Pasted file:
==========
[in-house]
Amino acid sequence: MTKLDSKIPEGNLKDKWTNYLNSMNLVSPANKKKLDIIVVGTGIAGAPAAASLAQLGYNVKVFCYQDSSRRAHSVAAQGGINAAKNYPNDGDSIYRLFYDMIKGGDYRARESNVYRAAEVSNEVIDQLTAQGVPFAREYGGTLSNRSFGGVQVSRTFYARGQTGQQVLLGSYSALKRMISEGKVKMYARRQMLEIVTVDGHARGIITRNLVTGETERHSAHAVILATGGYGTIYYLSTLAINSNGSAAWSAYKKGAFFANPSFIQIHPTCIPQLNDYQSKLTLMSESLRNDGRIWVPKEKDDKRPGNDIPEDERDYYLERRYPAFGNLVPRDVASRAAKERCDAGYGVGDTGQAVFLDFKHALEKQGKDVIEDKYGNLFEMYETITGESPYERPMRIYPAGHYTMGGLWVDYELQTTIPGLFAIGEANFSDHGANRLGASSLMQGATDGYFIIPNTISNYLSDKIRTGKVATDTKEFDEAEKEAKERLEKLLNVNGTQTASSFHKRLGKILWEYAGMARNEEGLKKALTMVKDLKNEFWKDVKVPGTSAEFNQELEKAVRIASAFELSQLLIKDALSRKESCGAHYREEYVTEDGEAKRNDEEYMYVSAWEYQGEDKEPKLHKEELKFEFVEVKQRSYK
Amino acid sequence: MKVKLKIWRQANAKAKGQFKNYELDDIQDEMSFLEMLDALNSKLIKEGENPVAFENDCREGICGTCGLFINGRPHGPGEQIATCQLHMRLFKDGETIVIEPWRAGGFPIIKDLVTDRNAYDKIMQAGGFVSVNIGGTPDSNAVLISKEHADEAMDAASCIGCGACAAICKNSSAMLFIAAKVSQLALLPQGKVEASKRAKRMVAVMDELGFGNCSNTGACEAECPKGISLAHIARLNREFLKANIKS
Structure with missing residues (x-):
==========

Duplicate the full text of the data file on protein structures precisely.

[in-house]
Amino acid sequence: MTKLDSKIPEGNLKDKWTNYLNSMNLVSPANKKKLDIIVVGTGIAGAPAAASLAQLGYNVKVFCYQDSSRRAHSVAAQGGINAAKNYPNDGDSIYRLFYDMIKGGDYRARESNVYRAAEVSNEVIDQLTAQGVPFAREYGGTLSNRSFGGVQVSRTFYARGQTGQQVLLGSYSALKRMISEGKVKMYARRQMLEIVTVDGHARGIITRNLVTGETERHSAHAVILATGGYGTIYYLSTLAINSNGSAAWSAYKKGAFFANPSFIQIHPTCIPQLNDYQSKLTLMSESLRNDGRIWVPKEKDDKRPGNDIPEDERDYYLERRYPAFGNLVPRDVASRAAKERCDAGYGVGDTGQAVFLDFKHALEKQGKDVIEDKYGNLFEMYETITGESPYERPMRIYPAGHYTMGGLWVDYELQTTIPGLFAIGEANFSDHGANRLGASSLMQGATDGYFIIPNTISNYLSDKIRTGKVATDTKEFDEAEKEAKERLEKLLNVNGTQTASSFHKRLGKILWEYAGMARNEEGLKKALTMVKDLKNEFWKDVKVPGTSAEFNQELEKAVRIASAFELSQLLIKDALSRKESCGAHYREEYVTEDGEAKRNDEEYMYVSAWEYQGEDKEPKLHKEELKFEFVEVKQRSYK
Amino acid sequence: MKVKLKIWRQANAKAKGQFKNYELDDIQDEMSFLEMLDALNSKLIKEGENPVAFENDCREGICGTCGLFINGRPHGPGEQIATCQLHMRLFKDGETIVIEPWRAGGFPIIKDLVTDRNAYDKIMQAGGFVSVNIGGTPDSNAVLISKEHADEAMDAASCIGCGACAAICKNSSAMLFIAAKVSQLALLPQGKVEASKRAKRMVAVMDELGFGNCSNTGACEAECPKGISLAHIARLNREFLKANIKS
Structure with missing residues (x-):